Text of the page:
Many adults over sixty serving as caregivers for their very elderly parents


By Nance Ebert, Contributing Writer

Sheryl Sigel of North Grafton serves as a caregiver to her mother, Elaine Kulberg, who is in her nineties.  Photo/Submitted
Sheryl Sigel of North Grafton serves as a caregiver to her mother, Elaine Kulberg, who is in her nineties.

REGION – People today are living longer lives, thanks to advances in science and medicine. While this is a positive development, it is becoming increasingly common for children over the age of sixty to be taking care of their very elderly and often fragile parents. 

This poses many challenges for the older caregiver. Many are dealing with family members who are physically limited, have health issues and some who are lonely or depressed and more. 


Mother and daughter share strong bond

Sheryl Sigel of North Grafton explains that one of the challenges she finds with her mom, Elaine Kulberg, who is in her nineties, is to constantly combat her loneliness. She continues to find creative ways to help her mother see the value in her life where she is now. She loves being with her mom and while she acknowledges that it is a huge responsibility, it is one that she gladly takes on. 

“A lot of people who she loves are gone. My mom constantly questions how she got to this point. Even though she repeats herself often, I have learned to change the way I respond. Where I used to get angry and correct her, I now act as if I am hearing it for the first time. This has been extremely helpful,” said Sigel. 

One of the challenges of caring for a parent when you are getting up in age yourself is finding the time to spend together. We all lead busy lives with work and other commitments. Even when an aging parent is living in an assisted living type of situation, there never seems to be enough time. Plus, older family caregivers may have health struggles of their own.

 “Before leaving, I always tell my mom that I love her and give her a warm embrace. I think this physical contact also makes a huge difference in her demeanor,” said Sigel. 


Marlborough program offers social outlet

Trish Pope, Executive Director for the Council on Aging at the Marlborough Senior Center made mention of an ongoing program called Daybreak that offers a four-hour session once each week where caregivers can bring their aging family member to interact with other seniors.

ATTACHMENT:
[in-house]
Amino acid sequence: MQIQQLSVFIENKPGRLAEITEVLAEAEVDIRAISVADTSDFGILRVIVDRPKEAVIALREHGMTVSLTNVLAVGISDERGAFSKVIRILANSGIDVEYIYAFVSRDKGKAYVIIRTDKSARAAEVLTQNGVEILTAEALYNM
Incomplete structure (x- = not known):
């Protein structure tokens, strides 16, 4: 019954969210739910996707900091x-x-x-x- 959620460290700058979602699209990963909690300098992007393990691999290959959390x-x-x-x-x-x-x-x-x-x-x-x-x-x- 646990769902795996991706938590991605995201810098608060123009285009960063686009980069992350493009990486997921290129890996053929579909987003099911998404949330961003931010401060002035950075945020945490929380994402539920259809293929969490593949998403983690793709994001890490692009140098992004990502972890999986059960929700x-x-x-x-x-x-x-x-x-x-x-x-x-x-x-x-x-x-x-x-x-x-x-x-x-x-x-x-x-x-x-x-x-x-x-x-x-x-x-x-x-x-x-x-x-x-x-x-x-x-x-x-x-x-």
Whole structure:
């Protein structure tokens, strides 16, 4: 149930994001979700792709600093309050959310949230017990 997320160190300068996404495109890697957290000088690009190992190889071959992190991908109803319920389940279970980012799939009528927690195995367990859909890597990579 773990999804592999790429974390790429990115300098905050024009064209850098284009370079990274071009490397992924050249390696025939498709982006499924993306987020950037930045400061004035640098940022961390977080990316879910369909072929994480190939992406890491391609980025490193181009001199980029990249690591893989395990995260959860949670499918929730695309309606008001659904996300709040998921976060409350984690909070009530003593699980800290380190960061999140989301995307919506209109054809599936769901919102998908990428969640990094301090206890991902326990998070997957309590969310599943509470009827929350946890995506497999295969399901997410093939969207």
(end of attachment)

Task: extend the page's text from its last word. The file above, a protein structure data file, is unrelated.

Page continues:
“This program offers the caretaker a well-needed break and benefits both the caregiver and their loved one. It is a chance to take a breath and recharge. A lot of other social day programs are cost prohibitive,” said Pope. 


Support for family caregivers

Cindy Opper, LICSW, has worked for almost thirty years as a psychotherapist and consultant to nursing homes. She specializes in geriatric mental health, providing caregiver support and promoting successful aging. She works directly with residents struggling with their emotions of not wanting to burden family members. Many are very angry and have given up to the point that they no longer have the will to live.                               

“In generations past, it was common for families to simply have an aging parent live with them. Today, there is a guilt factor with not caring for an aging loved one at home. Caregiving burnout and stress is also a real thing and many experience it, not just family members. Aides and staff are spread very thin as well,” said Opper.

During COVID, she started a Facebook support group called The Oasis for caregivers. Her goal was specifically to show caregivers some compassion in making some tough decisions for their elders at home. It also provides an escape to vent and share their feelings and help with guilt associated with burnout.

Heather Trafton, President of the Mass Advantage health plan, shared a wealth of helpful tips, as she also worked directly with a senior population as a practicing physician assistant for many years. 

“First and foremost is safety in the home for independent living and fall prevention. Medication management and knowledge is crucial. Keeping a list of medications and medical history is so helpful. It can be kept on the refrigerator. The caregiver should also have a copy,” said Trafton. 

Understanding benefits like dental, fitness, glasses, hearing aids, food help, over the counter reimbursement and more are also important for the caregiver to consider and research. “There are many community service organizations that offer food, transportation and more. You need to know to ask for these resources. If a parent is complex, they might greatly benefit from a geriatrician,” said Trafton. 



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